Moon Ate the Dark Challenge: Linda Lee Lyberg/Polaroid

Easing myself out of bed, I dress with the moon as my sole source of light. Spectral shadows in the deepest corners of the room condemn me for what I am about to do. He tosses and turns as if he knows, but settles once again. I halt, listening for signs he’s sleeping.

Tonight is an evening bright as day for the moon ate the dark when it rose in majestic splendor. Banishing the ebony gloom of night and in it’s wake, a promise of better days. It is the first phase of the waning moon; a time to break bad habits, to end bad relationships.
This house once filled with love, is now an enemy. Someone has violated the sacred sacrament of our love. Invaded not only our home, but our minds, and our bed.

Three months ago, my husband came home from a late night gig in a vicious foul mood. We fought; I had no idea why. Hurtful words spewed with the force of his unjustified anger. Sentimental objects smashed and broken. Somehow, his things were never the target of his fury, only mine.

After a few fitful hours of sleep, I got up, made a decision. Wrote a note, left it near the coffeemaker, which he’ll use the minute he wakes. ‘Going to see mom. Linda’

It’s a two hour drive which gave me time to think about the night before and all that occurred. A niggling thought kept squirming at the back of my mind, but it disappeared when I tried to pinpoint my unease. There was something I needed to know, but I didn’t know what that something was.

When I arrived at the ranch, I didn’t tell mom about last night, only that I missed her and wanted to see her. I stayed the night, and the next morning we rose before dawn, and went fishing. The beauty of the early morning mist rising off the shimmering lake lifted my spirits. I threw in a line and daydreamed for a while one of the beauties of fishing. Thinking to myself, ‘Am I making too much of this fight… imagining problems that aren’t there?’

My thoughts were interrupted as mom shouted, “Linda, get over here I got a big one!” And did she ever. She maneuvered him closer to shore and I scooped him into the net. That glorious morning, she caught a 10 pound big mouth bass, the biggest fish she’d ever landed. It was an unforgettable moment we shared.

By mid morning the fish had stopped biting. Mom was coming down from her adrenaline high and ready to rest. We headed to her house and I drove home.

When I arrived, he was there at the door to greet me with a big smile. Something felt off. I walked in and was immediately overwhelmed.
Before I can think, I say “This house is no longer my home.”
“What do you mean?”
“I don’t know, but something’s not right.”
“You’re being silly, you’re upset because we fought.”
He was always dismissing my feelings.
I let it go, but it stayed with me. Consumed every waking thought and even my dreams.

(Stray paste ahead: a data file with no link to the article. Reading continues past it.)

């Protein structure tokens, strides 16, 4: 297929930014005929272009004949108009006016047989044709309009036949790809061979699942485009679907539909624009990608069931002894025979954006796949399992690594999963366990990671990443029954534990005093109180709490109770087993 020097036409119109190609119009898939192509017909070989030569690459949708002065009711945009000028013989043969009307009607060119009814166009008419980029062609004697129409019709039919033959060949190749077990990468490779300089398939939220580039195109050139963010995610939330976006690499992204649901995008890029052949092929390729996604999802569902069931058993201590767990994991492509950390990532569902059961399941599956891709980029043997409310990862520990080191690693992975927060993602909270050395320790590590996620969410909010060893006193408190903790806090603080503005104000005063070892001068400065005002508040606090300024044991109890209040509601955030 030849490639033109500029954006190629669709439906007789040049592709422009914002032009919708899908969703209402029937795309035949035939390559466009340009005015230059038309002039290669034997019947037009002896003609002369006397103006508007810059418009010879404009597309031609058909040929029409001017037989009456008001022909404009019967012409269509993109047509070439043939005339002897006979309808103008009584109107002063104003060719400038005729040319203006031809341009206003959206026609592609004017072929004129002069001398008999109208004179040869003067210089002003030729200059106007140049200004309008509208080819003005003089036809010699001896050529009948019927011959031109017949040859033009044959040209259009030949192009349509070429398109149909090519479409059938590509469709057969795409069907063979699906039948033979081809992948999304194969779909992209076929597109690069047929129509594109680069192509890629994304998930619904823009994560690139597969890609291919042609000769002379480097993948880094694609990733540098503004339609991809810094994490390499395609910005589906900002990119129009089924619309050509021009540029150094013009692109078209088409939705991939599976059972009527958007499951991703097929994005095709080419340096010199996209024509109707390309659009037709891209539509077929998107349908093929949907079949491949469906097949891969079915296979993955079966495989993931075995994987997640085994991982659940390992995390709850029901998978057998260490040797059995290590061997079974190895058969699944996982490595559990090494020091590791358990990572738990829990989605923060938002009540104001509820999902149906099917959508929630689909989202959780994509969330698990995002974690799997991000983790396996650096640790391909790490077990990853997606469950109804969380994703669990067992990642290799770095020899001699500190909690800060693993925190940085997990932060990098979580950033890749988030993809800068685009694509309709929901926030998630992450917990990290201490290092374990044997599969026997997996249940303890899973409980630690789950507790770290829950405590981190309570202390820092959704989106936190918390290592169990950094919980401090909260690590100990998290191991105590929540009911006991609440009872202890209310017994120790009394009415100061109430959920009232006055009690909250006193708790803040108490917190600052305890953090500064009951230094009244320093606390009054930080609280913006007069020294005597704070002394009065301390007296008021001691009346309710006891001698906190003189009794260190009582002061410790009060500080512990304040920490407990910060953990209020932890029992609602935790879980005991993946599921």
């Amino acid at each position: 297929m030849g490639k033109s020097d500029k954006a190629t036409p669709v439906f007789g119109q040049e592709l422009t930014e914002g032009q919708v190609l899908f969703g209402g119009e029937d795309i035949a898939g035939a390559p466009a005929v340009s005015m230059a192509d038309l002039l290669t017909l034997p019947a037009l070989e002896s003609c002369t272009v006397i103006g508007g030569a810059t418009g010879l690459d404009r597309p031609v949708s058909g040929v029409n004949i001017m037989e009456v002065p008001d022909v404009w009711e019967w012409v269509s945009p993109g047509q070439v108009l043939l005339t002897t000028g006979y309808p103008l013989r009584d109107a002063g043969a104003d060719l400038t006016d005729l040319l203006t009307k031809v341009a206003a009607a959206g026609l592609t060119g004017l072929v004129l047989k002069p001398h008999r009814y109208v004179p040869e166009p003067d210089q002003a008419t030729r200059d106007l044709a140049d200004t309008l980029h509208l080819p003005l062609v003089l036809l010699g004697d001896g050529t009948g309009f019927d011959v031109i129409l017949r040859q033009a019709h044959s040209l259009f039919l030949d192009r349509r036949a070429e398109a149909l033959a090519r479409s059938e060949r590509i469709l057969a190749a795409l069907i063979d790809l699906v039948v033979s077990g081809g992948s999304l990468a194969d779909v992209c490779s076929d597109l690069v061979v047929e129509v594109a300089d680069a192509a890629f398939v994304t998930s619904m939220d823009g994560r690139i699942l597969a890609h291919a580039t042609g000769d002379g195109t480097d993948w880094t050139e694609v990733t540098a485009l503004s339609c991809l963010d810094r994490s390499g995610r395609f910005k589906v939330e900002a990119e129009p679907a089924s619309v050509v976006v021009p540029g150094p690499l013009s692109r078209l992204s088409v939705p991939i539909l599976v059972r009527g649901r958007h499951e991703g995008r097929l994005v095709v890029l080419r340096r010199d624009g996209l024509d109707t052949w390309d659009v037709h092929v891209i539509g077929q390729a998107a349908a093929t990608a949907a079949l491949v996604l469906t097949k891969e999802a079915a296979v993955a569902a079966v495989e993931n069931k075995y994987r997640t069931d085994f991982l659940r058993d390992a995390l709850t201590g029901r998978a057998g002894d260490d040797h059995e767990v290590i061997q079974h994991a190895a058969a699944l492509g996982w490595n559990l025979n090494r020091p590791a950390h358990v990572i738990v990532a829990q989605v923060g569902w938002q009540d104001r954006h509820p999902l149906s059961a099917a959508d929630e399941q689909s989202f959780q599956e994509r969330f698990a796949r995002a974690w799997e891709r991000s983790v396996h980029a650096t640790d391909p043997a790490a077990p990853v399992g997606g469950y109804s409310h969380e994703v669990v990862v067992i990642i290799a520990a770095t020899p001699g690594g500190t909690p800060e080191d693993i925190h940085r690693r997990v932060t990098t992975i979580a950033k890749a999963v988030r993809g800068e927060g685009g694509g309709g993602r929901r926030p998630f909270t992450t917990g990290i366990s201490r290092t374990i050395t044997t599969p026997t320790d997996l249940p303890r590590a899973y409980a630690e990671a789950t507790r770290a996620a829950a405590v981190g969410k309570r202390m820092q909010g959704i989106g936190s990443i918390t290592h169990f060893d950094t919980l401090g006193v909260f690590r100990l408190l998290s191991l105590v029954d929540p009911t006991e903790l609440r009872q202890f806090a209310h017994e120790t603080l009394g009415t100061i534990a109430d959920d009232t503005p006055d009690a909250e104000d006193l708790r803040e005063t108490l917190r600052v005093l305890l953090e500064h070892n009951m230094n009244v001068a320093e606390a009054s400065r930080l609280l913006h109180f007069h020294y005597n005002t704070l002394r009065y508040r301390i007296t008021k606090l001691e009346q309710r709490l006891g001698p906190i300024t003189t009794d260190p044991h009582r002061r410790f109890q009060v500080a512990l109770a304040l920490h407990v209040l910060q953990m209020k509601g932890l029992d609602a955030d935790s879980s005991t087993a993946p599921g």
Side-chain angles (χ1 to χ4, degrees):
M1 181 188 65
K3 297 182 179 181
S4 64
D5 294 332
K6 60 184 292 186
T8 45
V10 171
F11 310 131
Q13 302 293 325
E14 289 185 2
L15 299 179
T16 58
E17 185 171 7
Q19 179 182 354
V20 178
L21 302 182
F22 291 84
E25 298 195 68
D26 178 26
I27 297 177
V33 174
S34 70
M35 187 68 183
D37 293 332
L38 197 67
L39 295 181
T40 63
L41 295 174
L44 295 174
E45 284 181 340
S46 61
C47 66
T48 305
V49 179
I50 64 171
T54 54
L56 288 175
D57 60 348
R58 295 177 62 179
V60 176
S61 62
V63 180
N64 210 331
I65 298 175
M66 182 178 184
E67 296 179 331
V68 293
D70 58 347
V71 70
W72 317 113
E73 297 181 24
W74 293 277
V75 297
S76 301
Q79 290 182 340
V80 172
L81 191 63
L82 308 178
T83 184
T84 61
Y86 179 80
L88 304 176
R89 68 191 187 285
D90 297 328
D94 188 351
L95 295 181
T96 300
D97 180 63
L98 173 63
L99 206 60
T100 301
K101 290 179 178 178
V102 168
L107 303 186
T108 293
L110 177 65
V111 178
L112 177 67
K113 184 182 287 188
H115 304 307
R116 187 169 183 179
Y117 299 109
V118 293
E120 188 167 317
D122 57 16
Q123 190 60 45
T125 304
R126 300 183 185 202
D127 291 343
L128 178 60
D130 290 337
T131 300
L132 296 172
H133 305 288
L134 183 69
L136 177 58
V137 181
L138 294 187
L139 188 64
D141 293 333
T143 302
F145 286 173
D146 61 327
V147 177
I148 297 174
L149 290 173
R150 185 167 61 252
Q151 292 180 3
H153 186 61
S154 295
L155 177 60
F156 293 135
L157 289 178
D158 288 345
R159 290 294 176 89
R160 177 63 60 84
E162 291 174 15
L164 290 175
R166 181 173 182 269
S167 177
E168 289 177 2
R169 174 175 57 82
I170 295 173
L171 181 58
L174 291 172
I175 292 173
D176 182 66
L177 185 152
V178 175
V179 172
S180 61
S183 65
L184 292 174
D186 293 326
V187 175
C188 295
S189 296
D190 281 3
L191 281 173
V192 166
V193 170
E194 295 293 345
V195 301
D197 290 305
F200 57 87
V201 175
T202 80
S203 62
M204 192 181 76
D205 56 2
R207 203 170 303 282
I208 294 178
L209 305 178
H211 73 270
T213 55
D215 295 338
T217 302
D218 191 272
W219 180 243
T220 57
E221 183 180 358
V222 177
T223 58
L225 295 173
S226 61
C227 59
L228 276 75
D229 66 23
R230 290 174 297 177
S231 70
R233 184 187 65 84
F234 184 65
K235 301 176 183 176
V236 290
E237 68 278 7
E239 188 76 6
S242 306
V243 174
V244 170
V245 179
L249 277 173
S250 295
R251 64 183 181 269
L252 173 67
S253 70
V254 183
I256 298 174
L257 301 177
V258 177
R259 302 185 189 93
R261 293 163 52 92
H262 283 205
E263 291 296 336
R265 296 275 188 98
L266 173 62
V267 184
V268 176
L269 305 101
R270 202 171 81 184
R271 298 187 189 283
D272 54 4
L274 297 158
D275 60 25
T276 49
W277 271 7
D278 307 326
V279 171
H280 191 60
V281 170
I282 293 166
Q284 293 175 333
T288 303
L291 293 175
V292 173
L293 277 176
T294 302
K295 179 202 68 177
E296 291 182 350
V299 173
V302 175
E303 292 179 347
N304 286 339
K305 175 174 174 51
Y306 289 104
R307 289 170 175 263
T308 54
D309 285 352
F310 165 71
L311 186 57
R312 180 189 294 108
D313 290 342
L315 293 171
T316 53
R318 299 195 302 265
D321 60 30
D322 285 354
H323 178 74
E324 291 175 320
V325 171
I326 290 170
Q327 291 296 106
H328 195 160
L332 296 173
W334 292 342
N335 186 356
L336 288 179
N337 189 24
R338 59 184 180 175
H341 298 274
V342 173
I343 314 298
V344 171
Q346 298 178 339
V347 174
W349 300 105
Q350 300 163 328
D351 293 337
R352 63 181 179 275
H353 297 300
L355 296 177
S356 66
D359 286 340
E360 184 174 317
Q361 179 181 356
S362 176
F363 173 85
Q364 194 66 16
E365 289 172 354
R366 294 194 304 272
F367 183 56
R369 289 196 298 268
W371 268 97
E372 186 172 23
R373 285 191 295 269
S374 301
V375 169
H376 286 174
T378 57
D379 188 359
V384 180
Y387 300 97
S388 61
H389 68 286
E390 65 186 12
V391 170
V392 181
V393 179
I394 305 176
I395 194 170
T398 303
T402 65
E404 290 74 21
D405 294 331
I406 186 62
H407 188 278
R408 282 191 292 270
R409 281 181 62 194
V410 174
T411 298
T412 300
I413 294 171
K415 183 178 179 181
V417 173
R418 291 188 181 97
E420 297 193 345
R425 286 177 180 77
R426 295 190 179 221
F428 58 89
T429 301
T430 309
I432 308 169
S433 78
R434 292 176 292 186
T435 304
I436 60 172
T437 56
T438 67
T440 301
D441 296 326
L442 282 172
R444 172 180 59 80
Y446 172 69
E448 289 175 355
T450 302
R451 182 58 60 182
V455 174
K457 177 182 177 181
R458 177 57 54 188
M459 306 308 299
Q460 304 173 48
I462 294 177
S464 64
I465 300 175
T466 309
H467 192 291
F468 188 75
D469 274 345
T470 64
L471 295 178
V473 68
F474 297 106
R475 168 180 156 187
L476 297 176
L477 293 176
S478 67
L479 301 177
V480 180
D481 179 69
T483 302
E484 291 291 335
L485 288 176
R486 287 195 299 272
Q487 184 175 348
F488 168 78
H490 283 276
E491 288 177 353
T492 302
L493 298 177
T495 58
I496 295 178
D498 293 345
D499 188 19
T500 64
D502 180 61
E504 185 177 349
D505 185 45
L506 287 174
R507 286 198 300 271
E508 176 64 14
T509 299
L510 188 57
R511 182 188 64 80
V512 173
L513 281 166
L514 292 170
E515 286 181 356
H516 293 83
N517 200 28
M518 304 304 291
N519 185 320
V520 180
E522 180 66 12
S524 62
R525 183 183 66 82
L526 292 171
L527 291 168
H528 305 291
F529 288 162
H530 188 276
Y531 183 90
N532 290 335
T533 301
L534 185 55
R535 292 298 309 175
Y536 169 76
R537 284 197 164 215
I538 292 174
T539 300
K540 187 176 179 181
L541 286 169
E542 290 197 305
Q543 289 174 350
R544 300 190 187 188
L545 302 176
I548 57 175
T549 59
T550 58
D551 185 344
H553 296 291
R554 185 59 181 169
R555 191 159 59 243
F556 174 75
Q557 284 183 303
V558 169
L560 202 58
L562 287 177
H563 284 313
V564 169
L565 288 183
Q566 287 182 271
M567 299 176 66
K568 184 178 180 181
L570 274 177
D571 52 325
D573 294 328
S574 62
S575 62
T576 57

Two nights later, he had a gig not too far from home. I begged off, telling him I had a long day at work.
There was no pushback, which was unusual.

After I ate dinner I walked into his study, where he kept his books and collection of WW2 memorabilia. If he had hidden anything, it would be here. As I crossed the threshold, my mind is once again overwhelmed with the voice saying to me, ‘This is no longer my home.’

I didn’t bother to look in the desk; too obvious. I stood in front of a bookcase and slid my hand over a row of books. No voice. I moved to the next shelf, slid my hand again over the next row. I stop and pulled out a book, one of his favorites, fanned through it, nothing. And then, the voice.
As I opened the next book, photos fell to the floor.
Polaroid photos. Of him. With another woman in our kitchen. Time stops.
Smiling faces, her arms around him in front of our refrigerator. Behind them, a photo of him and I. The same photo I put on the refrigerator the morning I left for mom’s. A reminder of us.

So, here we are. Back where this story started.
I look up at the moon that has eaten the dark. It lights my path as I slip out the front door.

Creative writer and artist. Writing and art have been my form of self expression since I was a young girl. I wrote heartrending poems and painted in my early years, as they were turbulent times.  When my dad and I reunited many years ago, I told him I was writing, painting, and working on artistic endeavors. His response was, “Of course you’re an artist. You come from a family of artists. I’m an artist, your grandmother was an artist, and so was your grandfather.” So there you have it- destiny, fate, written in the stars.

Check out my post titled The FlimFlam Man, which is about my dad.

More writing on my blog:

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